Midlake’s fourth album taps into a 60s psych revival trend which has spawned some really great albums in the past few years. Bands like Tame Impala and Fleet Foxes and more recently Temples play around with the well-worn ‘60s folk and rock conventions and rearrange them to make them relevant and interesting. This is something that Midlake have been doing for over a decade and it seems they have mastered the whole ‘psych’ thing musically.
Aesthetically and concept wise they’re steady and dependable. It is when this musical concept is coupled with great songwriting that this album really shines.
The album can be summed up pretty neatly by a lyric in the chorus of second track ‘Provider’, a song which showcases the band’s musical talents and lyrical whimsy.
The song moves along on top of a looping beat, painting a scene with a rich musical arrangement of organ, synth and soft guitar. “Follow me down a foxhole in the ground, don’t delay.” All the musical elements here combine to make it feel like an escape into an earthy, strange and soothing world. At times on this album, that lyric sounds wonderfully tempting, and becomes a completely immersive experience, but at other times it sounds too rehearsed, too polished. And when the instrumentals fade to expose the bare songwriting and uninspiring melodies, which form the backbone of half the songs on this album, you are jolted from that immersive experience.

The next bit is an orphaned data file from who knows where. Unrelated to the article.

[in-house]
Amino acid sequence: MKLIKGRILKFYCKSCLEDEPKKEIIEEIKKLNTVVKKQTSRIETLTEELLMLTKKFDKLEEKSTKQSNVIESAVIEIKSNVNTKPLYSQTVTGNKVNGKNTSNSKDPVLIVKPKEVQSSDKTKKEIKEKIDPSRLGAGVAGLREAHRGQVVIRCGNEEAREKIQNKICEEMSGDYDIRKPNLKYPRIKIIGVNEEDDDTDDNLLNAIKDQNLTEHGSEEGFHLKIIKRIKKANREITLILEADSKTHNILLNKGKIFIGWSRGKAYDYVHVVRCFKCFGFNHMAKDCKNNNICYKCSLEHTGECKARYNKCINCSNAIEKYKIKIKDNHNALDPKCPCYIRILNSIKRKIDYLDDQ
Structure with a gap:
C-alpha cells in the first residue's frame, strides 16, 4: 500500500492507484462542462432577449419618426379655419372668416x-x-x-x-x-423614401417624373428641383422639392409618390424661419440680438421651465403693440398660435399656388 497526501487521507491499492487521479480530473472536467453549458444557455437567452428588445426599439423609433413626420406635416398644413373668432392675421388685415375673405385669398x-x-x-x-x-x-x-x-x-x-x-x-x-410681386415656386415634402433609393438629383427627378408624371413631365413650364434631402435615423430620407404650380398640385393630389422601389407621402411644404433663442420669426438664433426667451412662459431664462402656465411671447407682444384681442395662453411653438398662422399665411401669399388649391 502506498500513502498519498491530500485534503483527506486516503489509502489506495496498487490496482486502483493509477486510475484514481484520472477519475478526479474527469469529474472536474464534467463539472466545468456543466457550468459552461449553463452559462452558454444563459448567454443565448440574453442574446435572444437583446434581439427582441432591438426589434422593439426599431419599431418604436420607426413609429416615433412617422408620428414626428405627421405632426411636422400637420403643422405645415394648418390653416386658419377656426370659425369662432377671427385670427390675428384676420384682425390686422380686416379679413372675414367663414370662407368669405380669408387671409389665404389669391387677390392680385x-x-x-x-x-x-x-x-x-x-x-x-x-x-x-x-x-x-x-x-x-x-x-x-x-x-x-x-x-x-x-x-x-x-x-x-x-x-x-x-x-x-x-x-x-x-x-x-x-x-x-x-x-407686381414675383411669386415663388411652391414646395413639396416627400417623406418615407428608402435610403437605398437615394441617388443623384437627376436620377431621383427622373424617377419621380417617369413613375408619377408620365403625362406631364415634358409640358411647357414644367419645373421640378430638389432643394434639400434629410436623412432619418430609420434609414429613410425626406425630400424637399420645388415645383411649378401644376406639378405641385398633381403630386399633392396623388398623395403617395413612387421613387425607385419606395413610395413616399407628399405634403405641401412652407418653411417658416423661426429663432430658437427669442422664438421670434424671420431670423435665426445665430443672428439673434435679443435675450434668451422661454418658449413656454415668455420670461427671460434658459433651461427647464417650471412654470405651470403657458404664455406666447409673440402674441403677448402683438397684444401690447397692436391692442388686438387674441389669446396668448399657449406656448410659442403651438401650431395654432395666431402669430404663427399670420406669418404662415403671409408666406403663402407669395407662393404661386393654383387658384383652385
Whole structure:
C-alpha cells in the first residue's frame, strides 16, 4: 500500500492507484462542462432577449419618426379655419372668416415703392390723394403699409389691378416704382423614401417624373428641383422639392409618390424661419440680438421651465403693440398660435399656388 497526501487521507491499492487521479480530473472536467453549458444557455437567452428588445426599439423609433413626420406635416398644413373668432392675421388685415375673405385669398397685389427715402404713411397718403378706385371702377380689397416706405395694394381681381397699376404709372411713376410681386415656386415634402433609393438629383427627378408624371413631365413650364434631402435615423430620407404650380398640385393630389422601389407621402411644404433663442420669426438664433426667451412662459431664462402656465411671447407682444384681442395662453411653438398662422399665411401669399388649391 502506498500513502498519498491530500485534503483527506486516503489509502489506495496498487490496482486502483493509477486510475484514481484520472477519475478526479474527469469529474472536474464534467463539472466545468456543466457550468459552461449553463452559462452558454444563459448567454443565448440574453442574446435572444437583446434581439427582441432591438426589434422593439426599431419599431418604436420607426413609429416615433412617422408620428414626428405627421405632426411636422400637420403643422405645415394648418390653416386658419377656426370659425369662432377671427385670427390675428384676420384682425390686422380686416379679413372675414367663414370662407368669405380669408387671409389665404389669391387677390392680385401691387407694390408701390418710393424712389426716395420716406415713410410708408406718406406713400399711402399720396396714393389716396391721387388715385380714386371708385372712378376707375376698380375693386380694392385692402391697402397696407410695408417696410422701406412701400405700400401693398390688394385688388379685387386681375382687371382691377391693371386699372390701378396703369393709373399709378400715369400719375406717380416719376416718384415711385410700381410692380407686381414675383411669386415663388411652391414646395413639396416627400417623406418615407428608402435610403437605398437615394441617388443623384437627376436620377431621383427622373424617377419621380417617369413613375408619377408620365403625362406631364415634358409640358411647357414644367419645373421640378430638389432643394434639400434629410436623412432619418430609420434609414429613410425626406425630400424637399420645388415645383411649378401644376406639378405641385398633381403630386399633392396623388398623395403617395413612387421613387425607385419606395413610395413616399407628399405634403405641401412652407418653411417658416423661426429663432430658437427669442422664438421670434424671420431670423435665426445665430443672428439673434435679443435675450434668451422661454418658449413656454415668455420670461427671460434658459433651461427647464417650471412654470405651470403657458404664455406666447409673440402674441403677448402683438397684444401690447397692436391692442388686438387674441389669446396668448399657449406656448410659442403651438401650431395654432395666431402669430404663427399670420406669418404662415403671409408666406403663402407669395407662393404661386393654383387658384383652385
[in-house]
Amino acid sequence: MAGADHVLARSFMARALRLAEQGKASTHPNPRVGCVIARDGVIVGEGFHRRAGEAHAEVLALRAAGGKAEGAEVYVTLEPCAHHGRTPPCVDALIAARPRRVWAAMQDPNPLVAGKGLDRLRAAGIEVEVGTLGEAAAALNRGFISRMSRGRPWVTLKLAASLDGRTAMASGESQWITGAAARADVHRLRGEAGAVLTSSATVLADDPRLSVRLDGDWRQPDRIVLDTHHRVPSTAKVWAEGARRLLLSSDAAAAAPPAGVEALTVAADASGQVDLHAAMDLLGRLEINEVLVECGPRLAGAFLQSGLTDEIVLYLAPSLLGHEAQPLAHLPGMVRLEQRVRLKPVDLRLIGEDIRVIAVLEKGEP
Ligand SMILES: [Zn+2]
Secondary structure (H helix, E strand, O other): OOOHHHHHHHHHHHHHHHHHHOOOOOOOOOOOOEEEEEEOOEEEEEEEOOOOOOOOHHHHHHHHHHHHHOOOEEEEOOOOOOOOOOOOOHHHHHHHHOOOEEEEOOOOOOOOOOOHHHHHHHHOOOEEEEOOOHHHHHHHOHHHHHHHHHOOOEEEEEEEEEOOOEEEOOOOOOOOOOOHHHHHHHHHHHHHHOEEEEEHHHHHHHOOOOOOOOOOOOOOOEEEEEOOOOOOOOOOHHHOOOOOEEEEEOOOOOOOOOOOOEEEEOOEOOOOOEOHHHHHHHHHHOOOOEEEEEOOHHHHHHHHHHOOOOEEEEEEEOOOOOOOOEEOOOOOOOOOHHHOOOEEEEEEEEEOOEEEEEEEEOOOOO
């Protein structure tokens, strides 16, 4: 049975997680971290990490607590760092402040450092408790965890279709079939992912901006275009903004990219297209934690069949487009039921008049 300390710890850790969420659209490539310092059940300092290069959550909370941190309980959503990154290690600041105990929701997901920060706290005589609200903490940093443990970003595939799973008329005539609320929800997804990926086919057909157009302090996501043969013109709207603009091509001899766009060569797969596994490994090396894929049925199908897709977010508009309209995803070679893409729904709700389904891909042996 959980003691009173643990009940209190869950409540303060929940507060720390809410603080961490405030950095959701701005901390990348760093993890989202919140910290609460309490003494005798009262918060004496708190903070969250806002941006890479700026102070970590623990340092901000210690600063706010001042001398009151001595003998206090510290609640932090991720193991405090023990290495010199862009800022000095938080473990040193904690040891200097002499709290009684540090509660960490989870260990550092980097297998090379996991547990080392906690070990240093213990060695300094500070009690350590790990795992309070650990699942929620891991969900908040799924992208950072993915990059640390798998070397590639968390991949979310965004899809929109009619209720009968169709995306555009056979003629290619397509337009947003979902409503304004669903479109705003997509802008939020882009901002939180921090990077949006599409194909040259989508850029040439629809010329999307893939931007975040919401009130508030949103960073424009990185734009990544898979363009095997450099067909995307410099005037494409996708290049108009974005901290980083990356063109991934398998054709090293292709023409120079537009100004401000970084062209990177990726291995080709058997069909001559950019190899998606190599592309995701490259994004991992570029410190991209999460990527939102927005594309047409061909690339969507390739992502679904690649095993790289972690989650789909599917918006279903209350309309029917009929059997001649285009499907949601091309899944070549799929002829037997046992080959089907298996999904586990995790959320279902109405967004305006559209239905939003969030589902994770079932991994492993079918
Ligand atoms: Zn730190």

It seems torn between being a great instrumental album, prizing highest how the instruments sound together (which is often a glorious mix), and being a straight ‘rock’ album.
Enough points on this album suffer from being caught in this compromise to make it disjointed, but there are some absolute beauties in the confusion. The album opener and title track is a great example of how all the elements that Midlake bring to this genre can combine to make not only a catchy song, but an utterly bewitching one too. The album peaks on the brilliant ‘Vales’, where Midlake use every instrument at their disposal to create a kind of condensed jam freakout thing, a joyous romp which should go on for far longer than it does. At times delicate and decorated with flutes, it also rocks the hardest out of all the songs on here, reaching a huge crescendo helmed by a storming bassline.
While some people would dismiss this kind of music for being over-indulgent, it is a lack of indulgence that exposes the weaknesses in many of these songs, but that is not to say that there is nothing at all to get lost in here.
Download: ‘‘Antiphon’, ‘Vales’, ‘This Weight’